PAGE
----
For NY-bestselling romance author Suzanne Brockmann, known for her Navy SEAL romantic suspense novels, her diverse casts and her frank and sex-positive approach to gay characters, the current political situation has created new writing challenges. In times of real crisis, it can be difficult not to see one’s fictional stories as trivial, she admits. Still, she thinks romance novels have the potential to impact on readers in powerful ways.
“Humans are wired one of two ways,” says Brockmann. “Either we welcome the stranger at the gate, because he or she might bring rare spices or medicine, or we kill the stranger because he or she might kill us. Romance is about taking the risk to open ourselves to the other.”
Beverly Jenkins, this year’s recipient of RWA’s Lifetime Achievement Award and an author who has written widely about black protagonists in the post Civil War period, says that romance is also about recognizing ourselves in the other. “African-American is not a genre,” she reminds the audience, encouraging readers of all ethnic backgrounds to read stories about characters of color.
Happy endings (literal and figurative) may have a new and broader appeal in this historically unsettled moment. Romance authors can and do grapple with serious and sometimes controversial issues in their writing, but they do so in the context of deliberate and determined optimism. By the end of her story, the chief protagonist of a romance will get more than just romantic fulfillment—she (or he, or both he and she, or both he and he or she and she … and occasionally, he and he and she) will get a life that looks on track for all kinds of satisfaction and achievement.
Is it possible that the romance genre may be about to get some respect from the world outside the convention halls? Wonder Woman director Patty Jenkins has spoken about how she deliberately made a movie that celebrated sincerity. “We have to do the real stories now,” she is quoted as saying in a recent New York Times article. “The world is in crisis.” In stark contrast to most superhero movies, Jenkins’ Wonder Woman dared to be optimistic and sincere.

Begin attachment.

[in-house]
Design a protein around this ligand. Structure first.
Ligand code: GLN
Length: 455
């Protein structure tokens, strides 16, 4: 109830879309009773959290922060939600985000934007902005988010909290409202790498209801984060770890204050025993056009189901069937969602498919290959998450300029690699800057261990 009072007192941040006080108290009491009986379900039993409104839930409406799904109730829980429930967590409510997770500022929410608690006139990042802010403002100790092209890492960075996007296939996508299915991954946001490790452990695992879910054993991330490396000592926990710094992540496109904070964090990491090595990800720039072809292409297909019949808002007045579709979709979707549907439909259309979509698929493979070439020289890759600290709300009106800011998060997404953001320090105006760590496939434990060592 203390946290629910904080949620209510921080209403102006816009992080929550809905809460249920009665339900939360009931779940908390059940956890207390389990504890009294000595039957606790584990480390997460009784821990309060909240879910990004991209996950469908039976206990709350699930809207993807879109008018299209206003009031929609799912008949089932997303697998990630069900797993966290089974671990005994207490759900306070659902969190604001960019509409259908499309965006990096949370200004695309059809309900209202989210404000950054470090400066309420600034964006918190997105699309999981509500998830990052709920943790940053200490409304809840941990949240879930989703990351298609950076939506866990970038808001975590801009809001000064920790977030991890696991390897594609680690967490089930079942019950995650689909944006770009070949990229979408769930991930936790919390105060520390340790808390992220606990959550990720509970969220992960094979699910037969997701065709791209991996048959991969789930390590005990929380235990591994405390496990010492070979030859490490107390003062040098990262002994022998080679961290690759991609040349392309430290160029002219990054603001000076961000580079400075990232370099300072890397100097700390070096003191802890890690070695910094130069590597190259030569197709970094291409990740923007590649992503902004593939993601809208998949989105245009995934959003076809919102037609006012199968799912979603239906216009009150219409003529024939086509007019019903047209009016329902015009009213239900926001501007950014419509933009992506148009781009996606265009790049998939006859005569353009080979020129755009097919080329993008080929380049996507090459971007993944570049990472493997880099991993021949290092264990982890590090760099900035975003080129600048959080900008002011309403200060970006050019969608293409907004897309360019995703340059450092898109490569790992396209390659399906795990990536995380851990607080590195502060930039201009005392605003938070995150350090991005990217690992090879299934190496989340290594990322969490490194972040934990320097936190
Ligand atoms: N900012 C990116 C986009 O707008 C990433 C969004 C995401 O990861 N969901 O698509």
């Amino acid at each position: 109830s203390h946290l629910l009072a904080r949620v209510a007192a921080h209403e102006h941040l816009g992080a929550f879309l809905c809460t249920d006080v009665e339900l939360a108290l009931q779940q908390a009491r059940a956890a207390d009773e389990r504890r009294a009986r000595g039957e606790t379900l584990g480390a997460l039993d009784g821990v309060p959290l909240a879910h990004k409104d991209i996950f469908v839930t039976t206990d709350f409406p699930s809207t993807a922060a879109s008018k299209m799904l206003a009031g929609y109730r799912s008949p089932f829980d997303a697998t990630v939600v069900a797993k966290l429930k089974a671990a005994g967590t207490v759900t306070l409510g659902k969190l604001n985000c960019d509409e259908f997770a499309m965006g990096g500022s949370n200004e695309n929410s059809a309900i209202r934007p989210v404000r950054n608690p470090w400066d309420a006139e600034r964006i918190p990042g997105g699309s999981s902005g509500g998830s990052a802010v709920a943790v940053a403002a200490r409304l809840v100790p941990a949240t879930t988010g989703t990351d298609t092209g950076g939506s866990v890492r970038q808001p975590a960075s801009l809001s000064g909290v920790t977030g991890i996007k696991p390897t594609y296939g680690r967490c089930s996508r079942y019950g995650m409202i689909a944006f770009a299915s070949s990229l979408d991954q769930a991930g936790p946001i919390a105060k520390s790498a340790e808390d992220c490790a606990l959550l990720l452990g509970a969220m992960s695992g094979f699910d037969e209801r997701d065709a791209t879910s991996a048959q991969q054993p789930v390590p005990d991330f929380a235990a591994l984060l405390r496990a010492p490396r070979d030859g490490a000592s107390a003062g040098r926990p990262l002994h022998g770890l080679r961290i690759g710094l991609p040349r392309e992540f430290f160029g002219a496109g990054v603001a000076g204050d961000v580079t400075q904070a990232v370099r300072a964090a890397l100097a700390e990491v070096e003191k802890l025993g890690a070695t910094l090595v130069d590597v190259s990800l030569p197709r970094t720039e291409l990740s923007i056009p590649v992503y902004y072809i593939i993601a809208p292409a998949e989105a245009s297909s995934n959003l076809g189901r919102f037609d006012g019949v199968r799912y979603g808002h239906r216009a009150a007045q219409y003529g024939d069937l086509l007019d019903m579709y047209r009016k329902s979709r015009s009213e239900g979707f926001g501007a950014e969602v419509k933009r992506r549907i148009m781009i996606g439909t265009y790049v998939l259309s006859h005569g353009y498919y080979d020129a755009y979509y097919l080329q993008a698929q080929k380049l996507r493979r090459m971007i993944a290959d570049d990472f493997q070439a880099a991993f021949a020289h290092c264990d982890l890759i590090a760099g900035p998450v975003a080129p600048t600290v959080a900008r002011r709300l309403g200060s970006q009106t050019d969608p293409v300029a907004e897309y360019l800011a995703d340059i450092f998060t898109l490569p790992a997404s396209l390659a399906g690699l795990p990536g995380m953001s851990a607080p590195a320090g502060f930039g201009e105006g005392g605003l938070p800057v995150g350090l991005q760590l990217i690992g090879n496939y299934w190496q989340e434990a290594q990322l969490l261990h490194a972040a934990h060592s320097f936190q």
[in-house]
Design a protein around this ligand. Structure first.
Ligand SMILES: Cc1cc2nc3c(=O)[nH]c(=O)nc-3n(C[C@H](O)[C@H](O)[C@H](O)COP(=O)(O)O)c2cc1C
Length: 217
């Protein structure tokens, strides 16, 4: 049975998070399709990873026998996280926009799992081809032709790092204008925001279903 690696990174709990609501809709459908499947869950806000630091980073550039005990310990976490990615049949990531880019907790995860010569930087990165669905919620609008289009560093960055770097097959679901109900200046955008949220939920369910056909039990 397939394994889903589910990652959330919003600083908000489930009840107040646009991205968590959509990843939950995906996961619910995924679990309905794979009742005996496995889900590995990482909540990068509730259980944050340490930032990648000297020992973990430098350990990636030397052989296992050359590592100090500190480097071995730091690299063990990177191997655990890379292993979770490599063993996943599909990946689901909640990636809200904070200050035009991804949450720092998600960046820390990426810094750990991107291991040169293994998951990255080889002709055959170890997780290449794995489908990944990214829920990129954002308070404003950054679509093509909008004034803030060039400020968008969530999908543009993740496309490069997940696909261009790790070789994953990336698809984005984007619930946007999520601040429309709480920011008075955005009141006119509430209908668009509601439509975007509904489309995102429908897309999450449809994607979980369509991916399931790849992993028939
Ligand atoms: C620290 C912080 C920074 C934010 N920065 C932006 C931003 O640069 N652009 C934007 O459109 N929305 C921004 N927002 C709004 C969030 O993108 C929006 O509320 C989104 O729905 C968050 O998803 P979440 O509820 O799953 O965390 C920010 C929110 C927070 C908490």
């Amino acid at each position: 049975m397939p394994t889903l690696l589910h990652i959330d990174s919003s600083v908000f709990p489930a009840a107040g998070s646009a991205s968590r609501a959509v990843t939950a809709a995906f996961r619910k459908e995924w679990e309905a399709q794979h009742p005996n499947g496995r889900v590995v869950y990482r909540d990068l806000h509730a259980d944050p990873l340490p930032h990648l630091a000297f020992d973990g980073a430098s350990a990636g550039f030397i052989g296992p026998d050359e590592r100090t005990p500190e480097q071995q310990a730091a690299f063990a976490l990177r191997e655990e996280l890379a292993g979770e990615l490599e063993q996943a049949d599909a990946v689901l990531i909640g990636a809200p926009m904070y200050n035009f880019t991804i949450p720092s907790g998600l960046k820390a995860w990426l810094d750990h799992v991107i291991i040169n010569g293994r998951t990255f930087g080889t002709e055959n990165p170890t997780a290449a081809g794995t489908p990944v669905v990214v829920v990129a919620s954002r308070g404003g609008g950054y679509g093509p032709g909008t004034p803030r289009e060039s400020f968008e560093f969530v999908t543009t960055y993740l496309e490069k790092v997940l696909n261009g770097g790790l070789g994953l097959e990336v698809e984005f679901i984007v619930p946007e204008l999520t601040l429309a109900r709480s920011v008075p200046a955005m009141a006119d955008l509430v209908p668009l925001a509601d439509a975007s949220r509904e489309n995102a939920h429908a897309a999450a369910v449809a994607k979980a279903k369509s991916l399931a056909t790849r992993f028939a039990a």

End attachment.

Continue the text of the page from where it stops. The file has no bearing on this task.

Romance writers take a similar approach to adversity. Summer Heacock, who is battling serious health issues at age 36, is celebrating the release of her debut novel, The Awkward Path to Getting Lucky. Once she returns home, she begins treatment at the Mayo Clinic—and gets to work on her next book. As Summer raises her glass of wine, she flashes the brand new tattoo on the inside of one wrist: Wonder Woman’s sword.
Maybe we’re all ready for a little more romance in our lives.
(image: Shutterstock/Jo Panuwat D)
*”Choleria” is Yiddish for “a nervous wreck”.
Alisa Kwitney’s Columbia University MFA thesis, Till the Fat Lady Sings, was a New York Times notable book; her newest novel, Cadaver & Queen, a feminist Frankenstein meets Grey’s Anatomy tale, will be published by Harlequin Teen in February of 2018. Her latest comic book work includes two stories for Shelly Bond’s Femme Magnifique anthology and a prestige miniseries for DC Entertainment. A former editor at Vertigo/DC Comics, she recently founded and edits Liminal Comics, an imprint of Brain Mill Press. www.akwitney.com, Twitter @akwitney, https://www.facebook.com/alisa.kwitney.sheckley/, http://www.brainmillpress.com/liminal-comics/